This decking material is easier to apply and has a longer life and a more attractive appearance than other known decking materials. Furthermore, the fiberglass lay-up techniques of the method are well known techniques, often employed in the fiberglass boat industry, such that no additional knowledge or skills are required to lay up the fiberglass covering. The fiberglass gel coat also is better able to resist chipping or cracking than conventional paint since it is embedded in the fiberglass and resin.
Additional layers of glass can be layed in the mold to build a pitch, or variance in thickness, from one end of the premolded fiberglass covering to the other. This varying thickness from a high thickness at one end to a thin thickness at the other will give the fiberglass deck covering a premolded pitch for providing proper water drainage. This premolded pitch is illustrated best by the thickness arrows, X showing a greater thickness and the arrow Y showing a thinner thickness in FIG. 5.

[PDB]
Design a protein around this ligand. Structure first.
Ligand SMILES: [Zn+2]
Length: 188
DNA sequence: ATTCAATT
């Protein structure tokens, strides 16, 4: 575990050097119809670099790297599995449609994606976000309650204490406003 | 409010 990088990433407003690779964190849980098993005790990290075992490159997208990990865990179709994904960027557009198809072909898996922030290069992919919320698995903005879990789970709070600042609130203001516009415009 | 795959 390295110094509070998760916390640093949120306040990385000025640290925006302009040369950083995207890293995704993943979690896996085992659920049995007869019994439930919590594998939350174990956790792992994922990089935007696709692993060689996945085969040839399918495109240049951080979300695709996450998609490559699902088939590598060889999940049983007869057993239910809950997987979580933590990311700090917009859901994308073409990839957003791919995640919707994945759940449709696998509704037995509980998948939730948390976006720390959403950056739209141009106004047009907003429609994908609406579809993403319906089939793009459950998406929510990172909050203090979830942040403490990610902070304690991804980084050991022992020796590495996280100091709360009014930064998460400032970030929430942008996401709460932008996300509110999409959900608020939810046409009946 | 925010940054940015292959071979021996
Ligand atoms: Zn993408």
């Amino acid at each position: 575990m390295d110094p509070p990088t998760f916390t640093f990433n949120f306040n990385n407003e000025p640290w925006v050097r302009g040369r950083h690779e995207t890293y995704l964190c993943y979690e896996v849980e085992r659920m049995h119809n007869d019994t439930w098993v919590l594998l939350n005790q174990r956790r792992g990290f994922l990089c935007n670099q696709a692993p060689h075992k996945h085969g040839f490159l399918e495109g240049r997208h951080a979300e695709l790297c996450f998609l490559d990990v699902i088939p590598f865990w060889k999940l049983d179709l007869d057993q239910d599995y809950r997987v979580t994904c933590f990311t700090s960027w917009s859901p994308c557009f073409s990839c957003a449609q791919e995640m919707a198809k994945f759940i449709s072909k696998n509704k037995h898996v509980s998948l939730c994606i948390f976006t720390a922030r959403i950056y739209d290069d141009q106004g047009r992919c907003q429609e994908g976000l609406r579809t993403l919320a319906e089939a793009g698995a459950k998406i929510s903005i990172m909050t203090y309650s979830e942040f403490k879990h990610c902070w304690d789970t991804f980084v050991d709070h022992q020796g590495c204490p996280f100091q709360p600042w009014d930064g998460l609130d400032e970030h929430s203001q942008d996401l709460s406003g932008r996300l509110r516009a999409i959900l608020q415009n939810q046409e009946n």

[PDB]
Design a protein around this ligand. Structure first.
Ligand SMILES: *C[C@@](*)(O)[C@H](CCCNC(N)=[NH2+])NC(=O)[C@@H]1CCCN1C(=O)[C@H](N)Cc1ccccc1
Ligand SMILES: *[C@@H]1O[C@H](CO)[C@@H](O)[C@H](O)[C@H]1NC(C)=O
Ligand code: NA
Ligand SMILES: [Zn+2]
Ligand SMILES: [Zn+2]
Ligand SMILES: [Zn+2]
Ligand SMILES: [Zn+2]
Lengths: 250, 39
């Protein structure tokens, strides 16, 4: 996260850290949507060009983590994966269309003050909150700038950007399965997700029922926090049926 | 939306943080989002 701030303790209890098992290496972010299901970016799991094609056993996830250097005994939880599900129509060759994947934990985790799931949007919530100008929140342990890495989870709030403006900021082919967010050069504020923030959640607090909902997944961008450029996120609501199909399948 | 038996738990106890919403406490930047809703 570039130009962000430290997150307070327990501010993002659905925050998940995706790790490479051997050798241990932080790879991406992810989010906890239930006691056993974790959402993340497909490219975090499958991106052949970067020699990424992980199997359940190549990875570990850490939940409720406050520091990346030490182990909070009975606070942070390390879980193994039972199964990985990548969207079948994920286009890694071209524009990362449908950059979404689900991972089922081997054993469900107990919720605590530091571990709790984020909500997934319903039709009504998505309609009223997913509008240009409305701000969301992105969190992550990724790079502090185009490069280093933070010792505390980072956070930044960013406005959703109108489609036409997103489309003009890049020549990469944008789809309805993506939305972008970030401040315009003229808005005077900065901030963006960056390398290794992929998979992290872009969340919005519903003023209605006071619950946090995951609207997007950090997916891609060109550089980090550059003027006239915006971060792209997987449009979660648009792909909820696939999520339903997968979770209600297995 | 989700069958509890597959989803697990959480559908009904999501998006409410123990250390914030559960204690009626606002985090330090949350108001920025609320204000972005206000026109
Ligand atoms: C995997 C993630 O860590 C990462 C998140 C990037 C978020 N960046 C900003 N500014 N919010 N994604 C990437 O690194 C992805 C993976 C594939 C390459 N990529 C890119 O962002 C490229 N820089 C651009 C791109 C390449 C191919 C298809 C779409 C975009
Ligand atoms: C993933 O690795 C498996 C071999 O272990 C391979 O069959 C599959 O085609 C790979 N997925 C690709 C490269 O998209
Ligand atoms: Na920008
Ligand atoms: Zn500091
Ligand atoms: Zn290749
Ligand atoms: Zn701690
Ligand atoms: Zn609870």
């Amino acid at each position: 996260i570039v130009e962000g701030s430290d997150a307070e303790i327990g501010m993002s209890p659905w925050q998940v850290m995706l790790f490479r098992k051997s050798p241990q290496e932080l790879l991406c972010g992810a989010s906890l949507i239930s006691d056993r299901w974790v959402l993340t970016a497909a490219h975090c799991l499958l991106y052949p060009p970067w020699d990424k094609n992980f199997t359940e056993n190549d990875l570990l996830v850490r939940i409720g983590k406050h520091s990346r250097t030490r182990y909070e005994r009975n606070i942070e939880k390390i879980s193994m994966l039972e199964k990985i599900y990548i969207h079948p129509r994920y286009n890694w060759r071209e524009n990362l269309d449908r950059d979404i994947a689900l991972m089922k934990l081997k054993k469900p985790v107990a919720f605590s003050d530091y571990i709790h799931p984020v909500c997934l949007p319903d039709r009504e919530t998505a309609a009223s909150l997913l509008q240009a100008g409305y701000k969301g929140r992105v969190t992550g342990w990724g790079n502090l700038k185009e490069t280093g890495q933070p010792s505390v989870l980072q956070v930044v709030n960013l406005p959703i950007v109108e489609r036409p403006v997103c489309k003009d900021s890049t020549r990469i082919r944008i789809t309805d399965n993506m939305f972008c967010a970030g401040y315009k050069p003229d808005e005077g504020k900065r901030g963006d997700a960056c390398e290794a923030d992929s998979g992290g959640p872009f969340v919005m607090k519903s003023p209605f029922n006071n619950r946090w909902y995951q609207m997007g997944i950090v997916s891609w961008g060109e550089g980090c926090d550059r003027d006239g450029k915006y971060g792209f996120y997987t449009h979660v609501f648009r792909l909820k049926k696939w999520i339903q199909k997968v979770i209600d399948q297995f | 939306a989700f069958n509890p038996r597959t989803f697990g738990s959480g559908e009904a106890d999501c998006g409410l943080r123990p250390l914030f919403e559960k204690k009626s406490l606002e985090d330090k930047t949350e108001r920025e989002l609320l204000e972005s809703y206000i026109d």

While the preferred embodiments of the invention have been illustrated and described, it should be understood that variations will be apparent to one of ordinary skill in the art. Accordingly, the invention is not to be limited to the embodiments illustrated in the drawing.
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|EP1316497A2 *||Nov 27, 2002||Jun 4, 2003||Andreas Wolz||Prefabricated wooden deck, boat using the same and method for the attachment of a prefabricated wooden deck|
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|WO2009125045A1 *||Apr 8, 2008||Oct 15, 2009||Joptek Oy Composites||Floor construction|
|U.S. Classification||52/746.1, 52/514, 264/219, 52/309.13|
|International Classification||E04F15/18, B63B5/06, B32B21/08|
|Cooperative Classification||B63B5/06, E04F15/18, B32B21/08|
|European Classification||B32B21/08, B63B5/06, E04F15/18|
|Nov 3, 1992||REMI||Maintenance fee reminder mailed|
|Apr 4, 1993||LAPS||Lapse for failure to pay maintenance fees|
|Jun 22, 1993||FP||Expired due to failure to pay maintenance fee|
Effective date: 19930404